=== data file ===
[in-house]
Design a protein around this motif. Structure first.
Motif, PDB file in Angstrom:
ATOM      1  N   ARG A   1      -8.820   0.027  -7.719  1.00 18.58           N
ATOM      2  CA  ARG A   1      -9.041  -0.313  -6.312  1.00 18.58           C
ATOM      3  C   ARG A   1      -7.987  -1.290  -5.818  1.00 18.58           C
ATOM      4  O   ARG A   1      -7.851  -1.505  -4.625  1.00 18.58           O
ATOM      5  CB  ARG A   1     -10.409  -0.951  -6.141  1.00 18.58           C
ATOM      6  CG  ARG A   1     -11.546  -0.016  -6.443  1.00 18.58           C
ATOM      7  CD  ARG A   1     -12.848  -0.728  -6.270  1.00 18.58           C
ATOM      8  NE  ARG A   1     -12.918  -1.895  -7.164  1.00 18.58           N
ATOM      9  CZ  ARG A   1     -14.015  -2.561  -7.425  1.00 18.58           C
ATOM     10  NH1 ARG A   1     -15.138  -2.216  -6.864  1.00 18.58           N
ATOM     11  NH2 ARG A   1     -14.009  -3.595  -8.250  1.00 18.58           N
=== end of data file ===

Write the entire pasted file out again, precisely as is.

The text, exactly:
[in-house]
Design a protein around this motif. Structure first.
Motif, PDB file in Angstrom:
ATOM      1  N   ARG A   1      -8.820   0.027  -7.719  1.00 18.58           N
ATOM      2  CA  ARG A   1      -9.041  -0.313  -6.312  1.00 18.58           C
ATOM      3  C   ARG A   1      -7.987  -1.290  -5.818  1.00 18.58           C
ATOM      4  O   ARG A   1      -7.851  -1.505  -4.625  1.00 18.58           O
ATOM      5  CB  ARG A   1     -10.409  -0.951  -6.141  1.00 18.58           C
ATOM      6  CG  ARG A   1     -11.546  -0.016  -6.443  1.00 18.58           C
ATOM      7  CD  ARG A   1     -12.848  -0.728  -6.270  1.00 18.58           C
ATOM      8  NE  ARG A   1     -12.918  -1.895  -7.164  1.00 18.58           N
ATOM      9  CZ  ARG A   1     -14.015  -2.561  -7.425  1.00 18.58           C
ATOM     10  NH1 ARG A   1     -15.138  -2.216  -6.864  1.00 18.58           N
ATOM     11  NH2 ARG A   1     -14.009  -3.595  -8.250  1.00 18.58           N